The legislator is moving towards a possible compromise of redistribution | Regional government
The legislature appeared to be heading towards a potential deal on Wednesday on plans for legislative compromises and congressional redistribution after an initial standoff threatened to abruptly end its special session without taking action.
Lincoln President Mike Hilgers has expressed optimism that the redistribution committee will be able to reach some sort of consensus on compromise proposals in time for debate to begin Friday on a Congressional redistribution plan.
“I am very confident that we will be able to cross the finish line,” he said.
Hilgers said he hoped to see consensus on the revised legislative and congressional plans by Thursday evening. The speaker would like to schedule an initial debate on a Congress plan on Friday.
Although members of the Legislative Assembly are elected on a non-partisan ballot, they gravitate to the Republican and Democratic camps when redistribution appears on the agenda every 10 years.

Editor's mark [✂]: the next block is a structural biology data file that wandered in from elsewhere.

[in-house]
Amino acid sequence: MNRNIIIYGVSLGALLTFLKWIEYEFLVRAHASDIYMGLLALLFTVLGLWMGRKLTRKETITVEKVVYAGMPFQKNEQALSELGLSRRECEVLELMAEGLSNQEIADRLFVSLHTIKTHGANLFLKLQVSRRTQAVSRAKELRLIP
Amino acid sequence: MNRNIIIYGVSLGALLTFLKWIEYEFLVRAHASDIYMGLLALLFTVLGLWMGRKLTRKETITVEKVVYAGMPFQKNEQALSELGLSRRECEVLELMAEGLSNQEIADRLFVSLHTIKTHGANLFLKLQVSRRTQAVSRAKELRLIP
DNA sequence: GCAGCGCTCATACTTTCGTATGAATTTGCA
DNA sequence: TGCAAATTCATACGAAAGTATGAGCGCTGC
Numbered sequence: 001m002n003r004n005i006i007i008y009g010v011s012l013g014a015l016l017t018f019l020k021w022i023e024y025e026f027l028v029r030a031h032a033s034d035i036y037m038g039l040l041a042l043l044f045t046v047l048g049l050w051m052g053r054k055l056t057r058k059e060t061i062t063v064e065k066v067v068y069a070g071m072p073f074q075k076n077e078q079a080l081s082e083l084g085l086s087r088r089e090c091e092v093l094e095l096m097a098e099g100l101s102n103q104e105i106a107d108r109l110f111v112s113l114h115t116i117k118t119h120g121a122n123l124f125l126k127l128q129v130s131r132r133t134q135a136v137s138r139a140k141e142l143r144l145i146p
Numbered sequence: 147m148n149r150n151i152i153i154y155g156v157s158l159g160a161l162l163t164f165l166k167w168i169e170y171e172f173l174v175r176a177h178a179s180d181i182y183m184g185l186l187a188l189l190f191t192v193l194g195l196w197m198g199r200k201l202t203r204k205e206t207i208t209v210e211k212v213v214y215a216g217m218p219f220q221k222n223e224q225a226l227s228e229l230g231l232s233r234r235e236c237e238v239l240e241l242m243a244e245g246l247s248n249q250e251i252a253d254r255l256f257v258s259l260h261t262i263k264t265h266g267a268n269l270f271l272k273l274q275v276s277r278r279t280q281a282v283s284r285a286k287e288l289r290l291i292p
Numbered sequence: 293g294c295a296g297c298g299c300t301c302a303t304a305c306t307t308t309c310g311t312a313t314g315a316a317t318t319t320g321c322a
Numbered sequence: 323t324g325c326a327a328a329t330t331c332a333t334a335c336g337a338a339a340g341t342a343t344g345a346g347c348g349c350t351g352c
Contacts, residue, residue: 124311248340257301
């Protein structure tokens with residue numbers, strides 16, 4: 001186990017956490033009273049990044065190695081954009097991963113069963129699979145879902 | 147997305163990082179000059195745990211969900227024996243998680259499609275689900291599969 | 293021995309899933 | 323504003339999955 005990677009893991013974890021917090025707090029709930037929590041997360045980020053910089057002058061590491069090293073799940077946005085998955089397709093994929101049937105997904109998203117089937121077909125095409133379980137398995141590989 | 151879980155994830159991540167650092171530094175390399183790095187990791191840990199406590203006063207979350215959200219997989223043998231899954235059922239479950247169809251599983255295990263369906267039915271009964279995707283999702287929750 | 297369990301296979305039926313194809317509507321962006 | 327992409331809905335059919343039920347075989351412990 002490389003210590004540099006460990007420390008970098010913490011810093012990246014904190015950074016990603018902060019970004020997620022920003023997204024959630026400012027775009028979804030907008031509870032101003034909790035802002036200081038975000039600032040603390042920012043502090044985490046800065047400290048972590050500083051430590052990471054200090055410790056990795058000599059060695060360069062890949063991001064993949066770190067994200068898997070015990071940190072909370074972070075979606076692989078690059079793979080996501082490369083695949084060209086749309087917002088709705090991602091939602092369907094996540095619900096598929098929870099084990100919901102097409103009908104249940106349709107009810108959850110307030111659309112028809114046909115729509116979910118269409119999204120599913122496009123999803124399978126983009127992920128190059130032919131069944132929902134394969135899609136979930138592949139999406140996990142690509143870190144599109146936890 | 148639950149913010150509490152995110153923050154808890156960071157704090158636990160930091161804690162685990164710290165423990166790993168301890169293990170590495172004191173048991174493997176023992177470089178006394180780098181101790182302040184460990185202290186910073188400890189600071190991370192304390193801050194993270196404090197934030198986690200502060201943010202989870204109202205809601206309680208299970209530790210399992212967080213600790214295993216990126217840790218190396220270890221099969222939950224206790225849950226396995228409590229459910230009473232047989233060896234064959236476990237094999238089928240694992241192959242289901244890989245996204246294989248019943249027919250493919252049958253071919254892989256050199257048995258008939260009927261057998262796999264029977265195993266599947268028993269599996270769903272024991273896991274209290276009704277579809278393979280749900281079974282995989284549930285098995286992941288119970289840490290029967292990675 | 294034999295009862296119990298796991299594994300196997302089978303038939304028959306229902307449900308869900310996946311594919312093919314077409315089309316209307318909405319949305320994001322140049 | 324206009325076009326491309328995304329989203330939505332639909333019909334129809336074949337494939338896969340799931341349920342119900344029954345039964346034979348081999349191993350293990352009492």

The original proposals submitted by the committee’s Republican majority were trapped in obstructions after day-long debates on the floor, with the resulting deadlock prompting Hilgers to warn colleagues that the legislature may have to adjourn its special session without agree and wait to tackle the redistribution at its regular session starting in January.
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Hilgers snuggled up with members of the cutting committee in the president’s office after the conclusion of Wednesday morning’s session and came away with a positive impression that negotiations are progressing.